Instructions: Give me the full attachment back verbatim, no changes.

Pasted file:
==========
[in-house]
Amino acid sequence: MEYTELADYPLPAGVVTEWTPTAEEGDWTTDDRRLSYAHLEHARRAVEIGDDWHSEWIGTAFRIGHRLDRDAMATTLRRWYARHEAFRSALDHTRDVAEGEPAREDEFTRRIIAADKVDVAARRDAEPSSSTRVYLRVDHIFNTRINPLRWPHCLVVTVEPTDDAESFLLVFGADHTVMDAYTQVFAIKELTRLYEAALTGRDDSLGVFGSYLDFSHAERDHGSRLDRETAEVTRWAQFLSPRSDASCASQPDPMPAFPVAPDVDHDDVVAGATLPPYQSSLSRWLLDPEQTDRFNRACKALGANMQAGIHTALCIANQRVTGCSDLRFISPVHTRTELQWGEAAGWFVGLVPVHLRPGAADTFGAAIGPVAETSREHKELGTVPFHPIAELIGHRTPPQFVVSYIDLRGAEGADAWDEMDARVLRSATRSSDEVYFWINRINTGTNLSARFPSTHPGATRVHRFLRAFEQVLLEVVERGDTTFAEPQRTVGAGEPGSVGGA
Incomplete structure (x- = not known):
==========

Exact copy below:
[in-house]
Amino acid sequence: MEYTELADYPLPAGVVTEWTPTAEEGDWTTDDRRLSYAHLEHARRAVEIGDDWHSEWIGTAFRIGHRLDRDAMATTLRRWYARHEAFRSALDHTRDVAEGEPAREDEFTRRIIAADKVDVAARRDAEPSSSTRVYLRVDHIFNTRINPLRWPHCLVVTVEPTDDAESFLLVFGADHTVMDAYTQVFAIKELTRLYEAALTGRDDSLGVFGSYLDFSHAERDHGSRLDRETAEVTRWAQFLSPRSDASCASQPDPMPAFPVAPDVDHDDVVAGATLPPYQSSLSRWLLDPEQTDRFNRACKALGANMQAGIHTALCIANQRVTGCSDLRFISPVHTRTELQWGEAAGWFVGLVPVHLRPGAADTFGAAIGPVAETSREHKELGTVPFHPIAELIGHRTPPQFVVSYIDLRGAEGADAWDEMDARVLRSATRSSDEVYFWINRINTGTNLSARFPSTHPGATRVHRFLRAFEQVLLEVVERGDTTFAEPQRTVGAGEPGSVGGA
Incomplete structure (x- = not known):